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The All Seeing Eye

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Chrysoberyl Milk & Honey Cat's-Eye

Chatoyancy, is an optical reflectance effect seen in certain gemstones. Coined from the French word “œil de chat,” meaning “cat’s eye,” chatoyancy arises either from the fibrous structure of a material or from fibrous inclusions or cavities within the stone.

A lot of people have mistaken that cat’s eye is a type of gemstone with a band of concentrated yellow or whitish light across the stone, like the slit of the eyes of a cat. Now it must be stated clearly that the cat’s eye effect is a light phenomena and it occurs in a variety of gemstones.

When light strikes the surface of a gemstone some light will pass through it while some will be reflected back to the eye.  When reflection occurs on the surface of a gemstone the amount and quality of light is called luster.

However, there may be a variety of gemstones where light reflection occurs slightly below the surface. This reflection is called sheen and the most striking example are those gemstones which produce the cat’s eye effect.

A Bluish Chrysoberyl Cat's Eye

Normally cat’s eye gemstones have dense fine needle-like inclusions or tiny hollow tubes running parallel to each other and parallel to the plane of the base of the gemstone.  Most gemstones which exhibit the chatoyancy effect are cut into cabochons to produce this phenomena, where the sheen is concentrated across the dome of the stone into an eye.

The Slit Of An Eye of A Cat and A Spool Of Thread With A Concentrated Light Source

A good everyday example would be the light reflected from a spool of thread.  Using a strong fiber optic light I beamed it at a spool of fishing thread and took a picture.  Here, the cat’s eye effect is produced as shown in the picture.

Tourmaline & Moonstone Cat's-Eye

The best known cat’s eye gemstone is cat’s-eye chrysoberyl, where an excellent stone can be more costly than a well cut diamond of similar weight.  Top grade cat’s-eye is semi-transparent with a slightly greenish yellow body color and should be free from eye visible inclusions.  The ‘eye’ should be silvery or yellow in color.  When the ‘eye’ moves according to the light source, it should be narrow, bright, sharp and concentrated without any breaks or waviness.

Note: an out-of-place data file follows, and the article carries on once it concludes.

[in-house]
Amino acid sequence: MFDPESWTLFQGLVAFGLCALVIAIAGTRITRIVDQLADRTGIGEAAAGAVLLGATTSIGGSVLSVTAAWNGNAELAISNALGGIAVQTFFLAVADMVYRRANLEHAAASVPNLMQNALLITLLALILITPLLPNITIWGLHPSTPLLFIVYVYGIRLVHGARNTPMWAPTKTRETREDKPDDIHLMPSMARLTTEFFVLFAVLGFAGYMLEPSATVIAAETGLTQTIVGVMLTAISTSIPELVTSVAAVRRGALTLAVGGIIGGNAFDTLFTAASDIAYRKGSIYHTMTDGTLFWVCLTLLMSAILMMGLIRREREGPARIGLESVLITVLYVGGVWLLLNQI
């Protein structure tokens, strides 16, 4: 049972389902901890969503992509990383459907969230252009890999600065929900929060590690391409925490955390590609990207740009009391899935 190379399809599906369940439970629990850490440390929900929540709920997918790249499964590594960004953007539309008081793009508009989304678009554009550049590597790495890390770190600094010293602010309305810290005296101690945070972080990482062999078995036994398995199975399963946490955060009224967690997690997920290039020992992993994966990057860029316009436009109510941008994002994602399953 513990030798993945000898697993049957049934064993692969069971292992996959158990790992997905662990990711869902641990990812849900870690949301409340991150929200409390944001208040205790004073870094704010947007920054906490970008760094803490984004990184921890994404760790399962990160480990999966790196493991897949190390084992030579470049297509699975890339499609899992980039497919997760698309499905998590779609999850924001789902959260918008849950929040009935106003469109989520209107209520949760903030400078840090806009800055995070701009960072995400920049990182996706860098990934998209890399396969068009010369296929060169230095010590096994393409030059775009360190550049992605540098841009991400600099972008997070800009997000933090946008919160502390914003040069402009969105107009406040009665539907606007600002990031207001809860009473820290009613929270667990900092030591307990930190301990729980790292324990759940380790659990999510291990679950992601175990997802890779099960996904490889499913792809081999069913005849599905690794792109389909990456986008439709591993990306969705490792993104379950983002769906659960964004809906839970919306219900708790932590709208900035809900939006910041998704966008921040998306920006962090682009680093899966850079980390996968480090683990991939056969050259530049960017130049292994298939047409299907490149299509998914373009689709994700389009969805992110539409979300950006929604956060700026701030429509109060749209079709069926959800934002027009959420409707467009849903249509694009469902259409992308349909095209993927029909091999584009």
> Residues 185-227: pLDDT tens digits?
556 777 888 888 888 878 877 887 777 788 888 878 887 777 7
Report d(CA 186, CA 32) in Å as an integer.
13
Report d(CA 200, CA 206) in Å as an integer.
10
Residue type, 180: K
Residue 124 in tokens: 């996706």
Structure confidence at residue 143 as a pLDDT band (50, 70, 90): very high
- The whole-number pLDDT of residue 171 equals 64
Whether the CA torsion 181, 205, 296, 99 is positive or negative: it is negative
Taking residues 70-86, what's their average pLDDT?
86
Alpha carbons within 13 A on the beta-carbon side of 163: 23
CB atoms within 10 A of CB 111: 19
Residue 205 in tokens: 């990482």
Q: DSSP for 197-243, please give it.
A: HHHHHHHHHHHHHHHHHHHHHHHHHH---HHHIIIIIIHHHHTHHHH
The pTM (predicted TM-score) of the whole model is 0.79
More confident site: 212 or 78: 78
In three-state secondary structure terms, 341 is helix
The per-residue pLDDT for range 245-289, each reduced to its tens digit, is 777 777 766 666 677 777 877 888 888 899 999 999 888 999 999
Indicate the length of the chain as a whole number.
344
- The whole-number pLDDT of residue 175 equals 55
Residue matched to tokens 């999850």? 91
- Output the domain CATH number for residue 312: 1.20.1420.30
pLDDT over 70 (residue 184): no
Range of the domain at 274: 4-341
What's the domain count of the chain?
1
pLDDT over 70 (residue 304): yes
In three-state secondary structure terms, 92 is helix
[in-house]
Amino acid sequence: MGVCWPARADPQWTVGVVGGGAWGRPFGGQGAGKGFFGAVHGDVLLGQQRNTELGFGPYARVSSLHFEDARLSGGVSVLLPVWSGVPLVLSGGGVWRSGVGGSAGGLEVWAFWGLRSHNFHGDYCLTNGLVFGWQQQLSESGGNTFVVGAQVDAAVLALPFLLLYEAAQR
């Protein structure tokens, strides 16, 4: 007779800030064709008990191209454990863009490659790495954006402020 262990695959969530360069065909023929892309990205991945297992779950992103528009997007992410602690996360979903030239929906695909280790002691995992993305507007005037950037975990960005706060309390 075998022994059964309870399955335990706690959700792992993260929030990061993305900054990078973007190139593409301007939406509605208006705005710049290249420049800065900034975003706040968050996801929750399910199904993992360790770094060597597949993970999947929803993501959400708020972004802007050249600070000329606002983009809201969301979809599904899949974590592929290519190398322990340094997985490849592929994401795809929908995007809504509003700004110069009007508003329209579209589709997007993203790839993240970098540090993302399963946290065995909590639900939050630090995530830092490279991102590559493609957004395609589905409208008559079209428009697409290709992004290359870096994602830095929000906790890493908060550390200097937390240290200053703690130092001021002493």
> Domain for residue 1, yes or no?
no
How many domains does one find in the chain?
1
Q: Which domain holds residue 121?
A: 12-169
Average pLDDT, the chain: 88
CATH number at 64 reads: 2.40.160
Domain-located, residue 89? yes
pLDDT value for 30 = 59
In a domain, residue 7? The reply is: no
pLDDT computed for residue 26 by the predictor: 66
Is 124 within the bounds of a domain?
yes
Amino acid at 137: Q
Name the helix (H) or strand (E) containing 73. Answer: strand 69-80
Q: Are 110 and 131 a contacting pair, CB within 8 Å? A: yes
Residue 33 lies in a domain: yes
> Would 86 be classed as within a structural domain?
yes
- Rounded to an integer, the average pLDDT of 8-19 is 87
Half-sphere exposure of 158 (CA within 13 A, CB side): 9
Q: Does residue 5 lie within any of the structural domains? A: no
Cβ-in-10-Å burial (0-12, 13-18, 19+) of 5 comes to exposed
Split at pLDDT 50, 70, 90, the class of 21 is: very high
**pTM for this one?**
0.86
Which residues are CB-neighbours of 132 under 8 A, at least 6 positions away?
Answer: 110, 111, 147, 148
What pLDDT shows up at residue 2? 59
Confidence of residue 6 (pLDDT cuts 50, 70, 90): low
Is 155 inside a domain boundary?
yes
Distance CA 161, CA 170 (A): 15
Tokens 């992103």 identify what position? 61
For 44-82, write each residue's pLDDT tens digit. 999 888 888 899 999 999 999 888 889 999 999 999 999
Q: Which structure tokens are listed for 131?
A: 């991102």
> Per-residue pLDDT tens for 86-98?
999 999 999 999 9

Scapolite and Quartz Cat's-Eye

Among the gemstones that exhibit the cat’s-eye effect are Alexandrite, Moonstone, Quartz, Tourmaline and Scapolite.  Most of these gemstones must be cut into cabochons to exhibit the cat’s-eye effect.  However, Tiger’s-eye Quartz is one of the few gemstones that shows strong chatoyancy even when cut into facets or flat surfaces.

Tiger's Eye Quartz

References: http://www.worldofrockhounds.com, http://www.gemselect.com, http://www.dreamscapesbyap.com, http://www.supplierlist.com, http://www.mardonjewelers.com

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I am a Graduate Gemologist trained at the Gemological Institute of America (GIA) in New York City, USA. I hold an MBA degree from Cranfield University, United Kingdom, and a Bachelor degree in Mathematics. My earlier profession was a banker until I found jade in Myanmar (Burma) in the early 90s. I have traveled to the fabled Hpakan Jade mines, and Mogok, the world’s famous rubies and sapphires mines in upper Burma, with my second son. Three of my children are also Graduate Gemologist, GIA, NYC and they deal in diamonds, gemstones and jade. 我是在美国纽约市的美国宝石学院(GIA)接受过培训的宝石研究学家。 我拥有英国克兰菲尔德大学的工商管理硕士学位和数学学士学位。我以前的职业是银行家,直到90年代初我在缅甸接触到玉石。我曾经和我的次子一起去过缅甸上流传说中的哈帕翡翠矿山和莫谷矿山, 莫谷矿山是世界上著名的红宝石和蓝宝石矿山。我的三个孩子都是纽约市GIA毕业的宝石研究学家, 他们专门处理钻石,宝石和玉石.